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Vascular Access Program

Did you know that many hospitalizations for end-stage kidney disease patients are due to vascular access complications?

A hemodialysis access, or vascular access, is a way to reach the blood for hemodialysis. The access allows blood to travel through soft tubes to the dialysis machine where it is cleaned as it passes through a special filter, called a dialyzer. An access is placed by a minor surgery. As a hemodialysis patient, your access is one of the following:

  • Fistula: an access made by joining an artery and vein in your arm.
  • Graft: an access made by using a piece of soft tube to join an artery and vein in your arm.
  • Catheter: a soft tube that is placed in a large vein, usually in your neck.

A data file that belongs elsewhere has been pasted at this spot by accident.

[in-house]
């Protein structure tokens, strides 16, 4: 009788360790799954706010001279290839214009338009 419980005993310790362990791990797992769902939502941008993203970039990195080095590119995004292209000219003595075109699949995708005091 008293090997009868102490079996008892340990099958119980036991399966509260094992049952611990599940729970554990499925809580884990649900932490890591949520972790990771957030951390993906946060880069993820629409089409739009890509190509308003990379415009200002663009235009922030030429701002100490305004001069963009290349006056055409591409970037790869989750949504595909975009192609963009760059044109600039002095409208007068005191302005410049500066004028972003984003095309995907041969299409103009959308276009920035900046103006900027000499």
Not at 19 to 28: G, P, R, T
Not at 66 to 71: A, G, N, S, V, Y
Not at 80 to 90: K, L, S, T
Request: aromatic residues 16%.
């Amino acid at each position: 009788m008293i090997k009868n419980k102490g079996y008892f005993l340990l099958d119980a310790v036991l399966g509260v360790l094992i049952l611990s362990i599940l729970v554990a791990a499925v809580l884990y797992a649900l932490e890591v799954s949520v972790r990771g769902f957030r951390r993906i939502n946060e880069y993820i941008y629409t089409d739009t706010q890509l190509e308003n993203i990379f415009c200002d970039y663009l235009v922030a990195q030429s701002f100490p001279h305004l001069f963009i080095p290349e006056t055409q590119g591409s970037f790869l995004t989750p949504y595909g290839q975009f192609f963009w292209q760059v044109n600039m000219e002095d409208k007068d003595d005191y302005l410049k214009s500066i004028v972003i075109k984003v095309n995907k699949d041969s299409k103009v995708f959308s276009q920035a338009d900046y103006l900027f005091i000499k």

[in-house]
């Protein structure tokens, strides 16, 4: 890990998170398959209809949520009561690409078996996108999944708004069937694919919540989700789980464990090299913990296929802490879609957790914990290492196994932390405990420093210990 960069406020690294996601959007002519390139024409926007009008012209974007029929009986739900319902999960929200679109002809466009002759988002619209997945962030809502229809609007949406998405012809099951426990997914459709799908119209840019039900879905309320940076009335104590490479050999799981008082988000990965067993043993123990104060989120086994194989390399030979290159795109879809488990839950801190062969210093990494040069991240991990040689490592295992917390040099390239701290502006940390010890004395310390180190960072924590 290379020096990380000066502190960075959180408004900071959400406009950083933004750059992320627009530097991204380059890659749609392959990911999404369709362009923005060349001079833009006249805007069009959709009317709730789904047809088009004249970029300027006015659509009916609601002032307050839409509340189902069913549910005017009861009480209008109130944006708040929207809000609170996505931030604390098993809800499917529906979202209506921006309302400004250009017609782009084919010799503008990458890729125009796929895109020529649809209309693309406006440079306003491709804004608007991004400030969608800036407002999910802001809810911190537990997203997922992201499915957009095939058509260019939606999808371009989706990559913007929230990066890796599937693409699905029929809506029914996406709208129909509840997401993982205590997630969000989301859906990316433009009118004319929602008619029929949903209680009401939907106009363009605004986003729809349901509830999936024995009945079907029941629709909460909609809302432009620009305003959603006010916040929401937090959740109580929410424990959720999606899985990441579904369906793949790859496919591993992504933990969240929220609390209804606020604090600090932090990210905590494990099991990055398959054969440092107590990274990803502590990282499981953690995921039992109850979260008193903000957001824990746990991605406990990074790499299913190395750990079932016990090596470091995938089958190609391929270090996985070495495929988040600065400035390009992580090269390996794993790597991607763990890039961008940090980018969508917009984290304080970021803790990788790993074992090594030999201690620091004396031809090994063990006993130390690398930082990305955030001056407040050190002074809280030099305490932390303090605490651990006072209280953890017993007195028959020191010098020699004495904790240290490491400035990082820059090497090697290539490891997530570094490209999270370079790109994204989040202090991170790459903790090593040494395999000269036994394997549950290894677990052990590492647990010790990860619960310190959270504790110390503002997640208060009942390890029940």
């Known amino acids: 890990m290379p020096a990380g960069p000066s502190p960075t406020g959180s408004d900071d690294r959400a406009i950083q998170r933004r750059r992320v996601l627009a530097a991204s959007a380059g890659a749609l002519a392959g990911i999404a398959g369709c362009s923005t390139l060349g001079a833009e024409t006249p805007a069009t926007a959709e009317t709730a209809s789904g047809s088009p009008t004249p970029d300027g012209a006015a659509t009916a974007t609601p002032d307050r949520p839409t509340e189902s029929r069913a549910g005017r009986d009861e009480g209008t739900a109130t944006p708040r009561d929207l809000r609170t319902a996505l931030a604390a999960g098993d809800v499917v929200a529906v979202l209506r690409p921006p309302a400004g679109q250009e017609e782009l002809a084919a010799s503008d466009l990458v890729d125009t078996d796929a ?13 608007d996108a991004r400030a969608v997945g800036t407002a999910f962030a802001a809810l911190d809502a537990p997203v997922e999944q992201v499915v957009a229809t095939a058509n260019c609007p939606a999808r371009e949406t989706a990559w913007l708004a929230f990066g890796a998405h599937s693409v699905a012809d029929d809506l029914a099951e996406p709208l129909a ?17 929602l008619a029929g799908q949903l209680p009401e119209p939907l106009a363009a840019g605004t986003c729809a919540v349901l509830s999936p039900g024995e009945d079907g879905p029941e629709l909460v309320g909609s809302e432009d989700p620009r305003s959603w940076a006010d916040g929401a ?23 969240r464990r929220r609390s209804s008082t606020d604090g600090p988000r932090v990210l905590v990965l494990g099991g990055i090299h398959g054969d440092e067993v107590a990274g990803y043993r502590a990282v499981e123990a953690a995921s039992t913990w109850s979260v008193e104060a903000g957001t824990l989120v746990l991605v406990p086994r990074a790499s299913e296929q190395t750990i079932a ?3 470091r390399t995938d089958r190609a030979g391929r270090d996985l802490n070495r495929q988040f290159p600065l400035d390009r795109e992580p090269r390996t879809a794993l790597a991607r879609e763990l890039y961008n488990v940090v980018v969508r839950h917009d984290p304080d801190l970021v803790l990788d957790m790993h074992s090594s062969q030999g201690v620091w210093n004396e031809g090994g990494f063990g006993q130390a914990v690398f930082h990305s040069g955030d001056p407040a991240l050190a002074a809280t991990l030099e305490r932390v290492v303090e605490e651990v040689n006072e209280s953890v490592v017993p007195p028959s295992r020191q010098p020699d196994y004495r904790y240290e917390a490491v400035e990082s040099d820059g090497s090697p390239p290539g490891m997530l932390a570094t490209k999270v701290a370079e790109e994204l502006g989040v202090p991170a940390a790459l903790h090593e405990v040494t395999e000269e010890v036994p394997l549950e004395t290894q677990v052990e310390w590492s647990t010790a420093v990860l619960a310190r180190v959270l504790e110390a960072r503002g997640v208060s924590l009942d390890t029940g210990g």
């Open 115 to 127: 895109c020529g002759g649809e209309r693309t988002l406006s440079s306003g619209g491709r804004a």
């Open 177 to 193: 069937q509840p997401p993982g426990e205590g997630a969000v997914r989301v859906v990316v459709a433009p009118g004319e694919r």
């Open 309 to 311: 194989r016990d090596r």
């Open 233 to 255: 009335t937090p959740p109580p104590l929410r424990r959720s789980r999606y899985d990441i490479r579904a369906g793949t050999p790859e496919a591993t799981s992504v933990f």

Our multidisciplinary center concept — the first in Virginia to address the quality of care for dialysis patients’ vascular access needs — involves nephrologists, surgeons, and vascular radiologists in providing complete dialysis access patient care in the most efficient, economical and high-quality manner.

We aim to provide expedient access placement and management for patients requiring dialysis, to identify and prepare patients sooner, and to increase the use of fistulas. Placement of native AV fistulas maximizes access life and minimizes complications. Our goal is to reduce hospitalization time for our patients.

For more information about caring for your access, please visit: https://www.kidney.org/atoz/content/hemoaccess or contact our Vascular Access Program Coordinator at (804) 828-9433.